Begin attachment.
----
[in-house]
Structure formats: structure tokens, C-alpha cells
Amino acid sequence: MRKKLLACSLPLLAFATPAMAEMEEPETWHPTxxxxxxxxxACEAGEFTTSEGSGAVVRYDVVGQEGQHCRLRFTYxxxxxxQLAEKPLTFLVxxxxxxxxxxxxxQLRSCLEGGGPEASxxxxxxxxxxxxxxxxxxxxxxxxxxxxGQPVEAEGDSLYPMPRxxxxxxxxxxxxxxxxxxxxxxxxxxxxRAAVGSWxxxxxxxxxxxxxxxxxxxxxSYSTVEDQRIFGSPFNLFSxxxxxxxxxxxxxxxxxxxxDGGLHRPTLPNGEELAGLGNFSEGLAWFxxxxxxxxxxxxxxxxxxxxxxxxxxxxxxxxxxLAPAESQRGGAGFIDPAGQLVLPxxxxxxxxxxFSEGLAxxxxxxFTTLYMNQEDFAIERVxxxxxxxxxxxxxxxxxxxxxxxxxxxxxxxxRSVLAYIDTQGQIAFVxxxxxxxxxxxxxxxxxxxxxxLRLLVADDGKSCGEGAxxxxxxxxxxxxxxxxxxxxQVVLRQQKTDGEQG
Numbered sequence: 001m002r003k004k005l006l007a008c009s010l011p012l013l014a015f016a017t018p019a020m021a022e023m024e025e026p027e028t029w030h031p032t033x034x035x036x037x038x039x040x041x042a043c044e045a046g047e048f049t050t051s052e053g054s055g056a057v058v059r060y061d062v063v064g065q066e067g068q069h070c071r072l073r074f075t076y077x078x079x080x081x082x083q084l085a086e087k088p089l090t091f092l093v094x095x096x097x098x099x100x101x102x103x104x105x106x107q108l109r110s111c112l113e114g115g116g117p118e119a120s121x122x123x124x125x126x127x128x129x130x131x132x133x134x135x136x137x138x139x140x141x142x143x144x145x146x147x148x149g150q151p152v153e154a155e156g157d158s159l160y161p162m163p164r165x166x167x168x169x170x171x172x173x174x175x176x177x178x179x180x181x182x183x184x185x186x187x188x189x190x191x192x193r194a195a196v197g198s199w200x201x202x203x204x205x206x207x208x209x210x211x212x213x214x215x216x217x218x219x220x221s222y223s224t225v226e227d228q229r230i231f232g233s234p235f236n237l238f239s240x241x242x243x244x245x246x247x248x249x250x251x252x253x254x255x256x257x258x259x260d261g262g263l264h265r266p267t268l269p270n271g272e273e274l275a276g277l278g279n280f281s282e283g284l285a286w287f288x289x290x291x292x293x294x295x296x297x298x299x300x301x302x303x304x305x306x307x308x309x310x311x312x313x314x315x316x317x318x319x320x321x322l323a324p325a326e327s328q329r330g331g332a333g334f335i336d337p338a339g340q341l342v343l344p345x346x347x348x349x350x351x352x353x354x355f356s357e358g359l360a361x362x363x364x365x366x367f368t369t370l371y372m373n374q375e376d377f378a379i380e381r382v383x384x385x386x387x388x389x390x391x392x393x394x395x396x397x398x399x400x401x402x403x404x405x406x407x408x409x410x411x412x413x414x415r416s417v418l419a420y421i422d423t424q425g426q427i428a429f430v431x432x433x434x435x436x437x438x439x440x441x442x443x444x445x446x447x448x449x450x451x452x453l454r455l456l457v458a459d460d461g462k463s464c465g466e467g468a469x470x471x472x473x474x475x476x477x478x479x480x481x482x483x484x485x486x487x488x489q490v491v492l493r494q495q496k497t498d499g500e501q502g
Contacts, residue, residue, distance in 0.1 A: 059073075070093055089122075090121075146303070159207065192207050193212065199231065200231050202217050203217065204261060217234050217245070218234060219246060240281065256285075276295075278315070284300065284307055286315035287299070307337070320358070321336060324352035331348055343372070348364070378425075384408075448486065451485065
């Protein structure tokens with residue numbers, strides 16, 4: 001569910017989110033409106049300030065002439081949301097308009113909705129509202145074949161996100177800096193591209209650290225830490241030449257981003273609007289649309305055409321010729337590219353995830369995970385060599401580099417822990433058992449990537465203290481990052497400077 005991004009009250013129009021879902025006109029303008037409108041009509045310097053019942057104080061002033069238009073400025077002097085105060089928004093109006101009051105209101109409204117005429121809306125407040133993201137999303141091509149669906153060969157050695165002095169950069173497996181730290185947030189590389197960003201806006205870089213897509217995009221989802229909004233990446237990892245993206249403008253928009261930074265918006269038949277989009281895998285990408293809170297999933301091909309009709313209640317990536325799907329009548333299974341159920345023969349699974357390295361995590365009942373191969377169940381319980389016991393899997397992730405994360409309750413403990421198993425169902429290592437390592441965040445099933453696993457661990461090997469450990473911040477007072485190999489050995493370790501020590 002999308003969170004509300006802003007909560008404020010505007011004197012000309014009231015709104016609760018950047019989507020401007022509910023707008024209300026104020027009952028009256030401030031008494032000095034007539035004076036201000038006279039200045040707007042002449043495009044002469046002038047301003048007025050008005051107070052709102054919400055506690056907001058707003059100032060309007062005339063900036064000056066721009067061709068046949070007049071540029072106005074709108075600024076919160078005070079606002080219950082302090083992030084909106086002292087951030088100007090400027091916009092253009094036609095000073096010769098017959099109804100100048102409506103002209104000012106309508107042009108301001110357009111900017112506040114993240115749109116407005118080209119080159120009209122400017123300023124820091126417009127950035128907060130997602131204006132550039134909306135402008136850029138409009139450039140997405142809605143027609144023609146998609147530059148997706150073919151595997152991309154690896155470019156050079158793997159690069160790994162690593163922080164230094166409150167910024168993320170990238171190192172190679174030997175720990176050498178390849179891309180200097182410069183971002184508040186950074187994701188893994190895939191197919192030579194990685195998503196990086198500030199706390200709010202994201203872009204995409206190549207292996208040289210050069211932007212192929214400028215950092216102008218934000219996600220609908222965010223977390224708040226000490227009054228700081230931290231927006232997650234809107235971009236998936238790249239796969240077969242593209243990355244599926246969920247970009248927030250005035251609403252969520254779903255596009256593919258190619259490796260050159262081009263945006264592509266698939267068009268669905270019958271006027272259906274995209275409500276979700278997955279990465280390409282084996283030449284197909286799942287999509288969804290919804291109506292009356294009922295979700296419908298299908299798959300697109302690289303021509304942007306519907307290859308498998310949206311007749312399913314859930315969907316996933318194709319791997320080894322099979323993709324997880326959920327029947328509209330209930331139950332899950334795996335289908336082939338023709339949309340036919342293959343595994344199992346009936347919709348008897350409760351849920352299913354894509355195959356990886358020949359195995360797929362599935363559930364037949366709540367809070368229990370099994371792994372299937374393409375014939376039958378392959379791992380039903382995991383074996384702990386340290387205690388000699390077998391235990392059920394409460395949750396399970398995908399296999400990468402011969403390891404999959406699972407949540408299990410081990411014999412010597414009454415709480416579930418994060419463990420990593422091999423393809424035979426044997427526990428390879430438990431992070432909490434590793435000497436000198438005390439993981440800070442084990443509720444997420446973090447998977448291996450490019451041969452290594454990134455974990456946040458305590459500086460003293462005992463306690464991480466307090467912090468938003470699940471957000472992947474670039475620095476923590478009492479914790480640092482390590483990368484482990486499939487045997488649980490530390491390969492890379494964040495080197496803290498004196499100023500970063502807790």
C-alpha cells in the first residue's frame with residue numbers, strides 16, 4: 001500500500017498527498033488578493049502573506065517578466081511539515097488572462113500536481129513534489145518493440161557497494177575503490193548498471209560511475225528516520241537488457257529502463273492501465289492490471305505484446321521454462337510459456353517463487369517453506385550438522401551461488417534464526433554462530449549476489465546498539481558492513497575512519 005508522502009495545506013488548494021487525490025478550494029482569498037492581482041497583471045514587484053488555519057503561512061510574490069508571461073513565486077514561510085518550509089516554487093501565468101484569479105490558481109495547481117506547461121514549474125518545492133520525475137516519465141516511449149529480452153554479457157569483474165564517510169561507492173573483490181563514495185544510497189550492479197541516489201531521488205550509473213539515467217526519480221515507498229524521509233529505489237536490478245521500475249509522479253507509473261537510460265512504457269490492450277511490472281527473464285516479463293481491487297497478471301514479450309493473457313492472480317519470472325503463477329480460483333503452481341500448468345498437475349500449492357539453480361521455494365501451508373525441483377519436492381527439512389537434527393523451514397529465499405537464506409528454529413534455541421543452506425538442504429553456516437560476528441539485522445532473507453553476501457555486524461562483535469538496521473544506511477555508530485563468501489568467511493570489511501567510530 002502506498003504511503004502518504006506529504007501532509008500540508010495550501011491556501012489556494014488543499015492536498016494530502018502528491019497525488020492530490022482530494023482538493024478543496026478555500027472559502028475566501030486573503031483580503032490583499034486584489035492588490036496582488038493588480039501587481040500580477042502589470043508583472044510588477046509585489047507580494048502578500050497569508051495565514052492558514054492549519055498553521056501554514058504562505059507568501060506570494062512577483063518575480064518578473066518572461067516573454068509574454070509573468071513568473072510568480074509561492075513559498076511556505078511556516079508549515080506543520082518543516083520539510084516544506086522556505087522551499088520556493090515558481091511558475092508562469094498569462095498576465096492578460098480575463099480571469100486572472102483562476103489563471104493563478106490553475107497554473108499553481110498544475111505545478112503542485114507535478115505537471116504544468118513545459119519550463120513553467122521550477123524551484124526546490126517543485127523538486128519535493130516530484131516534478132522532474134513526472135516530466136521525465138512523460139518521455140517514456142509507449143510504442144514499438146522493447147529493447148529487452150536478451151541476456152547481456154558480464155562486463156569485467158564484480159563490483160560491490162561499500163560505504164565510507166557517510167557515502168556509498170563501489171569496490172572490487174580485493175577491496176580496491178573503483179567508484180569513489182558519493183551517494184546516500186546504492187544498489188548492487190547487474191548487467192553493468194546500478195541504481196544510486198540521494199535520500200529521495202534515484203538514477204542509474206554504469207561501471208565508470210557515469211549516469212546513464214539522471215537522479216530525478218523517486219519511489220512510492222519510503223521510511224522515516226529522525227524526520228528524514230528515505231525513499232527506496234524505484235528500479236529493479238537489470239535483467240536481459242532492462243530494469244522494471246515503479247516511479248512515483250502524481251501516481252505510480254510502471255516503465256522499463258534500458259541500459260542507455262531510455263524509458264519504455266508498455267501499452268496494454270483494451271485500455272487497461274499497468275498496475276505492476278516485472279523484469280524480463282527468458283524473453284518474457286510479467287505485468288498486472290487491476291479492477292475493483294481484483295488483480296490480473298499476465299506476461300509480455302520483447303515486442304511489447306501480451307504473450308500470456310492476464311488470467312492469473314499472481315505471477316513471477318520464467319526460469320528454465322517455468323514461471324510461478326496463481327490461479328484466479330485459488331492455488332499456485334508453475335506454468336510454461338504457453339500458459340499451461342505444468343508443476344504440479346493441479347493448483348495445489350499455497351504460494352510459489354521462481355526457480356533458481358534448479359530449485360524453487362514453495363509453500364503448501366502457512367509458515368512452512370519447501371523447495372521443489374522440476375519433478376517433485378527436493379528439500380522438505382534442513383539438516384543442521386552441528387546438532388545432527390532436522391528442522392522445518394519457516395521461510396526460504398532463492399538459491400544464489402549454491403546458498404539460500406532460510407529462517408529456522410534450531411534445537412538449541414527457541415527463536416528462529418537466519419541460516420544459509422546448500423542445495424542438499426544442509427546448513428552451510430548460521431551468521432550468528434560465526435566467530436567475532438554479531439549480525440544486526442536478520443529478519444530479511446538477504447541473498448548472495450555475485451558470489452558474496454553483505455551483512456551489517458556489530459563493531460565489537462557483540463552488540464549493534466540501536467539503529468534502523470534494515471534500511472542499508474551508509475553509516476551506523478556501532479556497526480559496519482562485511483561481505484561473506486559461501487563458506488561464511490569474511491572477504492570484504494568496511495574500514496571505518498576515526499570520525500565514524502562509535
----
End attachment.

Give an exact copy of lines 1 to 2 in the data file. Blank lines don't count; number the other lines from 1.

[in-house]
Structure formats: structure tokens, C-alpha cells